Long Island, Far Bahamas

When I returned from my trip to the States to George Town on April 13, we had a big reunion that night on Pipe muh Bligh.  Terri and Ken, Stacy's mom and step dad, had flown in the same day for a nice visit. Stacy fixed her killer chicken enchiladas, the margaritas were flowing, and we all had a wonderful time.  The following day, we traveled with Pipe muh Bligh to Long Island, Far Bahamas.  The wind was not in our favor, so we motor sailed the 40 mile trip, arriving six and one-half hours later.  We anchored in near the center of the island at Thompson Bay, near Salt Pond.  

Long Island was christened 'Fernandina' by Christopher Columbus on his first voyage to the New World in 1492. The island earned its current name because a seafarer felt that it took too long to pass the island when he was sailing by.  Although Long Island is 80 miles long, it is very narrow-no more than four miles at its widest point. The island is divided by the Tropic of Cancer and bordered by two very different coasts, one with rocky cliffs and caves that dip suddenly into the sea and the other with broad beaches. The terrain varies from sloping hills in the northeast to low hillsides in the south fading into stark white flatlands where salt is produced. Long Island is famous for its vegetables and cattle and supplies much of the farm goods to the other islands.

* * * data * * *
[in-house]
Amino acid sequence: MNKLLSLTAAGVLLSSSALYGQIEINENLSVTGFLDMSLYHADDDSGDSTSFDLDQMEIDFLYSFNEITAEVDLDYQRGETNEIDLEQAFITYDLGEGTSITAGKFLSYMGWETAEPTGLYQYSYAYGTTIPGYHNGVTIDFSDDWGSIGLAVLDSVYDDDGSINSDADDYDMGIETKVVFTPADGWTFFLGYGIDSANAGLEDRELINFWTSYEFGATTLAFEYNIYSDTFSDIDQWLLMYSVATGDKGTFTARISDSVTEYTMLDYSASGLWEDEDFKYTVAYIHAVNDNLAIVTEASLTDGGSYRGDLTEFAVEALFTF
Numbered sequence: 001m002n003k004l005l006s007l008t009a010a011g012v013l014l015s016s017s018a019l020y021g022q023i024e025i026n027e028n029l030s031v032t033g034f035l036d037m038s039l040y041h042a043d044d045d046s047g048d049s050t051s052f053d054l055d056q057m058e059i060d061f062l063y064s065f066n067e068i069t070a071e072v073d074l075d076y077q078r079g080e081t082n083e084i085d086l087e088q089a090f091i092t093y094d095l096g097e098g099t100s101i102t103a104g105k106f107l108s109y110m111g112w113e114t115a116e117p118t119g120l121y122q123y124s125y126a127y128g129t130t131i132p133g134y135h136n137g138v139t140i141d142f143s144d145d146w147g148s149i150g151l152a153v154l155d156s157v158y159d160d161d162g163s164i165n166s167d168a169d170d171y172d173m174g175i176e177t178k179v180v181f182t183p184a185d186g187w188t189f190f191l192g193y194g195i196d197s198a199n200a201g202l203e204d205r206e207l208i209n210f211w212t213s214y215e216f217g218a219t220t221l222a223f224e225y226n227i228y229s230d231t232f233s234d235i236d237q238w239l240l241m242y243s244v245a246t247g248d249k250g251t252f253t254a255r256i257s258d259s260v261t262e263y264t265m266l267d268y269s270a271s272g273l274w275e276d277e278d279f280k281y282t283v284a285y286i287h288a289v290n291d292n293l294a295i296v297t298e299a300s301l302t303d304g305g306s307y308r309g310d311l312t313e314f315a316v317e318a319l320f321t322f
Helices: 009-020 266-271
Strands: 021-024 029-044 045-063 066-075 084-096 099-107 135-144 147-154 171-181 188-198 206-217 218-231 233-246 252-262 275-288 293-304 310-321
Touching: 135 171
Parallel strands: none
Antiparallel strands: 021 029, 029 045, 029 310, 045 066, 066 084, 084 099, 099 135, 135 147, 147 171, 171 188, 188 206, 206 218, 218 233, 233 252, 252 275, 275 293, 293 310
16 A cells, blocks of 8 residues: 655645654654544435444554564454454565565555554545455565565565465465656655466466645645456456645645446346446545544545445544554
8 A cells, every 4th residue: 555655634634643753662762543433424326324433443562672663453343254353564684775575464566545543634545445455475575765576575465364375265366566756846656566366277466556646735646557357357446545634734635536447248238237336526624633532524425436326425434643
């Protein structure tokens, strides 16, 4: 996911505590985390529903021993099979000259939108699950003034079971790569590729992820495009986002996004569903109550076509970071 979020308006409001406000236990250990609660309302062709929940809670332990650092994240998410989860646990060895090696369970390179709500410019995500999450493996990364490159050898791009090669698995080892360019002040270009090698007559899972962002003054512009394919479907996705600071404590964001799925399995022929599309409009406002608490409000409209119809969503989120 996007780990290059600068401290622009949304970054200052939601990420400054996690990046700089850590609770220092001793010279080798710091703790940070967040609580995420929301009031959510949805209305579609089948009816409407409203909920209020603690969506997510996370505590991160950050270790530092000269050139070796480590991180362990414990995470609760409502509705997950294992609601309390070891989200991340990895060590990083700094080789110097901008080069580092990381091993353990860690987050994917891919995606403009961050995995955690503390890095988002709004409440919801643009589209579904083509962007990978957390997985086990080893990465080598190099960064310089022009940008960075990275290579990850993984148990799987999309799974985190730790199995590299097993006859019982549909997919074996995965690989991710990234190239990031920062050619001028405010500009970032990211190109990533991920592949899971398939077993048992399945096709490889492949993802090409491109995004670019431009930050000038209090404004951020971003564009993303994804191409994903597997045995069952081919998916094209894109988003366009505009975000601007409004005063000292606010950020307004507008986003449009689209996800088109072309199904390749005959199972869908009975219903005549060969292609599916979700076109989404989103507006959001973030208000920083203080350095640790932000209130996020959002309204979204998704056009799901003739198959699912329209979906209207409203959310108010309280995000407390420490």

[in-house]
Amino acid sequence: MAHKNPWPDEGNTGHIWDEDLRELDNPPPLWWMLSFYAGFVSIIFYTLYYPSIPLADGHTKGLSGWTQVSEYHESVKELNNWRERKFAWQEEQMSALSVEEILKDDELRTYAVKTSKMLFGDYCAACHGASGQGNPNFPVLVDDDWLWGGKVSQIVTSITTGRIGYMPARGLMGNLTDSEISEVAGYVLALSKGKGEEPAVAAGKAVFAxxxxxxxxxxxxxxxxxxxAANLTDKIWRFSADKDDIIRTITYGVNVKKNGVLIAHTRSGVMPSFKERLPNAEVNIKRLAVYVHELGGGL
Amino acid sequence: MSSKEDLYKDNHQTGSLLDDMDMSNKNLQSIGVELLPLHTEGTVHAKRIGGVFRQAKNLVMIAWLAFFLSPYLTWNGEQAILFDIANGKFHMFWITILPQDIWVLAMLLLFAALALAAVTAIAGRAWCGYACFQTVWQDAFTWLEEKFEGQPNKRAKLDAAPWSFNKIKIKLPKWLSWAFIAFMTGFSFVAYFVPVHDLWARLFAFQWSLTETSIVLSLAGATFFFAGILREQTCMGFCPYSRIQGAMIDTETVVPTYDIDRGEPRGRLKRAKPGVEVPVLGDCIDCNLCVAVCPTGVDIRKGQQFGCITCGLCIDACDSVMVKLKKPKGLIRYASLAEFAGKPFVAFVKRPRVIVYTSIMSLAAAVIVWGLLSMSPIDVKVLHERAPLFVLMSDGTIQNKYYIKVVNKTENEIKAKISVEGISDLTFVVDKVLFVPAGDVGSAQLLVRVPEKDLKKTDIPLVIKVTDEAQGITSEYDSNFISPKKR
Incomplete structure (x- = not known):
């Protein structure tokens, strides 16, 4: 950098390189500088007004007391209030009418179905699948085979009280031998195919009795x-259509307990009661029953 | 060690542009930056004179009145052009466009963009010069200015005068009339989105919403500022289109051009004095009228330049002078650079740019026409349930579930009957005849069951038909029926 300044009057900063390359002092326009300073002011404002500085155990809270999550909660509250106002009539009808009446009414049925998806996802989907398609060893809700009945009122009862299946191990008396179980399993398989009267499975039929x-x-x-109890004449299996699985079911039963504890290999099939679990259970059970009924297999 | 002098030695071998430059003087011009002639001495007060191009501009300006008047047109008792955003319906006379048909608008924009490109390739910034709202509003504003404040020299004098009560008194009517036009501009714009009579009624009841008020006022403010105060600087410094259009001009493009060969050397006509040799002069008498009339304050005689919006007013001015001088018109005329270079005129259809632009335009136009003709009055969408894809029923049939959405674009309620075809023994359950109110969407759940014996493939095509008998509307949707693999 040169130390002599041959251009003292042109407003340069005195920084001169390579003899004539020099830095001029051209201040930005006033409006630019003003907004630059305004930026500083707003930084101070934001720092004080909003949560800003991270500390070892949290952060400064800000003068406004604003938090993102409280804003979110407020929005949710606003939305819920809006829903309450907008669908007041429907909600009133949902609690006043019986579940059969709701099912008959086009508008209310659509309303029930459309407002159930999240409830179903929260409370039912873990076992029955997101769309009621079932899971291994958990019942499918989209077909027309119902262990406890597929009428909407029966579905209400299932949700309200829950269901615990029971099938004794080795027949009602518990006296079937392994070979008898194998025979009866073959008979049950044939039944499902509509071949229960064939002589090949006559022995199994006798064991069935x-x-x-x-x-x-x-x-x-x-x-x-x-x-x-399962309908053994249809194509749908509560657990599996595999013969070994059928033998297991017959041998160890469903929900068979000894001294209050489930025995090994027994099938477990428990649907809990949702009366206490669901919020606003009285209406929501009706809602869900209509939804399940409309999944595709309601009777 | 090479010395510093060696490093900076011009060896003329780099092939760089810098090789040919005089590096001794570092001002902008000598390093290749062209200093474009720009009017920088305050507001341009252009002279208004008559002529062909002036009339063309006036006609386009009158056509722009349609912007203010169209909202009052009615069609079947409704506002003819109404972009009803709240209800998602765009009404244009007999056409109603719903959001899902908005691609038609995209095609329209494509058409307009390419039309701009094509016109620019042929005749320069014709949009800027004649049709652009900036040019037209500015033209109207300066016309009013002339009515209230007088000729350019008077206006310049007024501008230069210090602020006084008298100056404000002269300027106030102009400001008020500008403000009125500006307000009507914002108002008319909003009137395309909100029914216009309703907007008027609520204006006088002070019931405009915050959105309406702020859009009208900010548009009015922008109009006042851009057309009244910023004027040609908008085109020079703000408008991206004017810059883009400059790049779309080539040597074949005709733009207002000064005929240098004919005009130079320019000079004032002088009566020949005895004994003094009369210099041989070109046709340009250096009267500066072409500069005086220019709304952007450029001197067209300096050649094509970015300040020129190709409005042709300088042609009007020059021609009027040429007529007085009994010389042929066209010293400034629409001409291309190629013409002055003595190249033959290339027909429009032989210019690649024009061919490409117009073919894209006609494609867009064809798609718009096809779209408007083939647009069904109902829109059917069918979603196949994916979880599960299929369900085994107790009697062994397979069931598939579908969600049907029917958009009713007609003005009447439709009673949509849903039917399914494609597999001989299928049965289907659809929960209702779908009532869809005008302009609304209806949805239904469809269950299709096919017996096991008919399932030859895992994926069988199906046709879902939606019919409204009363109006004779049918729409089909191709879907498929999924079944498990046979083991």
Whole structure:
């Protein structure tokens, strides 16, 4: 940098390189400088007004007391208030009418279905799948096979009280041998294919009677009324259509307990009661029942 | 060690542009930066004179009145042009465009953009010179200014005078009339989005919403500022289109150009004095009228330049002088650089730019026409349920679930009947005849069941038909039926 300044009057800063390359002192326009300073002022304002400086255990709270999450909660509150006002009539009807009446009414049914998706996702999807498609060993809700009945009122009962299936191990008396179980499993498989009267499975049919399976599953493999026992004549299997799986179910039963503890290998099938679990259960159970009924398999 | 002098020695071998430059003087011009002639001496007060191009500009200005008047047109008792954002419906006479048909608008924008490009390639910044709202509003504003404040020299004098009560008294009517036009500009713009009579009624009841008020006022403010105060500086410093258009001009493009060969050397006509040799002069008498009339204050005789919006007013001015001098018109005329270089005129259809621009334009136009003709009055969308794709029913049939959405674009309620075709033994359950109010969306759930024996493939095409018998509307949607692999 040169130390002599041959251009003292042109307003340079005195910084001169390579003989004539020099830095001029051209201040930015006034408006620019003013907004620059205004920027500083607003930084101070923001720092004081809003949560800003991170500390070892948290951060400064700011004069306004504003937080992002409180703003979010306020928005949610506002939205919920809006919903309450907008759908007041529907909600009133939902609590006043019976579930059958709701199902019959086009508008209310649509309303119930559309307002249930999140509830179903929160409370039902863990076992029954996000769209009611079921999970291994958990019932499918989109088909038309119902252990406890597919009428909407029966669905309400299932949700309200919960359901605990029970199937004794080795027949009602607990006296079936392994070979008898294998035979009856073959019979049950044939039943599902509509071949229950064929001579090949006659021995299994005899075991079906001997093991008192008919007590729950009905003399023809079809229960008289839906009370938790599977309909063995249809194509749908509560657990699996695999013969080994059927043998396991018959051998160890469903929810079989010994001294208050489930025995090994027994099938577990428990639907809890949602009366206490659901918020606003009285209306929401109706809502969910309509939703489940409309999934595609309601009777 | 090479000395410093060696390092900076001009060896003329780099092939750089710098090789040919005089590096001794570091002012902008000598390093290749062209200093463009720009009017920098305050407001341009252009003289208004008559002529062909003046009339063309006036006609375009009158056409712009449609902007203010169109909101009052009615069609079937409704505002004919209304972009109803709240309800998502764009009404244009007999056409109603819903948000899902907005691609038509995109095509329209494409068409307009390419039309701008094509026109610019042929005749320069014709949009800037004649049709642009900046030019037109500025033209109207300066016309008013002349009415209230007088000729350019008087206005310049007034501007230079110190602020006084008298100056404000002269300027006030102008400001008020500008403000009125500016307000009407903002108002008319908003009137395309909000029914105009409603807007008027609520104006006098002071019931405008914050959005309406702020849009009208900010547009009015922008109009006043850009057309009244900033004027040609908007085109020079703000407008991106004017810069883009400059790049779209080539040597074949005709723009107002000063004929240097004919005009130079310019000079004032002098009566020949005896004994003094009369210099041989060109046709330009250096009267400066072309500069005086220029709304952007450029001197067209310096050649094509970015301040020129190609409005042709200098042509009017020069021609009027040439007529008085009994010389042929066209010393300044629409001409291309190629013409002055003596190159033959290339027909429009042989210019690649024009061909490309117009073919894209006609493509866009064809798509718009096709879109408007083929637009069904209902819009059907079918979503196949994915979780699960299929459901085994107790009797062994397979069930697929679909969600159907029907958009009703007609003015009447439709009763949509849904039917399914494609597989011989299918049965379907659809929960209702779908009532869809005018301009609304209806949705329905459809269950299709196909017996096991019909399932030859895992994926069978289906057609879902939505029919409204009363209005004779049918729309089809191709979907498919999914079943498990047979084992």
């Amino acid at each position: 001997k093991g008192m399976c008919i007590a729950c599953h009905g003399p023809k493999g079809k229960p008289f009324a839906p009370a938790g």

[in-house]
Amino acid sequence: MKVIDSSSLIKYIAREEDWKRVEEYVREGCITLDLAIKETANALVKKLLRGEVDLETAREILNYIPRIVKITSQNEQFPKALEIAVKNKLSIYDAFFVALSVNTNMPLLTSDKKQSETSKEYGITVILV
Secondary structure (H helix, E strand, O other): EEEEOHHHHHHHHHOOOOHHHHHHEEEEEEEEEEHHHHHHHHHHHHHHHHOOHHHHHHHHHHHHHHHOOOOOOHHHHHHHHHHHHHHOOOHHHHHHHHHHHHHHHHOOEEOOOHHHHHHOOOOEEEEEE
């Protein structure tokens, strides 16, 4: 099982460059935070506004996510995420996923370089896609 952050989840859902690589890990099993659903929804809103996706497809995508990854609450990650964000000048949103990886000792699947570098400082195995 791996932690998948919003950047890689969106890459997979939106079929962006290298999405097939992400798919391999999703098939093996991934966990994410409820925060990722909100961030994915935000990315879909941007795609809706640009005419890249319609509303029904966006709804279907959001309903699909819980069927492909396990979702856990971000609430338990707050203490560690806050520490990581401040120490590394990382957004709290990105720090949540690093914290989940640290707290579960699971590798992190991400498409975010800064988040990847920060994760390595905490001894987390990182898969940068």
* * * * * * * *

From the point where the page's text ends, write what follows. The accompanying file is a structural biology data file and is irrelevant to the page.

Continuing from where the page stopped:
Our friends Deana and Troy from Storyville were already anchored in Thompson Bay. We rented a van together and explored the island. We had to stop every day at a local grocery to get traditional Bahamian meat pies for breakfast. We visited several of the settlements in Long Island.  Clarence Town is the capital of the island.  Hamilton is famous for its cave tours, Buckley's is the home of the Long Island Library and Museum, and Salt Pond, the home of the annual Long Island Regatta.

Historical church architecture is the focus of the sightseeing. Here are the ruins of St. Mary's Church.  Built by the Spanish in the 17th century, it is the oldest church on Long Island.

We visited Catholic Parish Church in Clarence Town, the work of Monsignor Hawes, also known as "Father Jerome".  

I climbed the NARROW steps of the tower inside the church on the left and was rewarded with a spectacular view of Clarence Town harbor and the surrounding countryside. The steps were so narrow, (or, I was so wide!) I had to shimmy back down!  

Monsignor Hawes also did work in Cat Island, and had the unusual distinction of being both a priest and architect. He was known as "The Hermit of Cat Island". . But his architectural talents were soon sought and he spent much time designing churches and supervising building on Cat Island, Long Island, and in Nassau where a convent, a boys' college, and the Benedictine Monastery of St Augustine brought him fame. Worn out through hard work and a severe regimen, he died in St Francis Hospital, Miami, Florida, on June 26, 1956. He was buried in the cave he had prepared for himself below his hermitage on the hilltop of nearby Cat Island.

Cartwright's Cave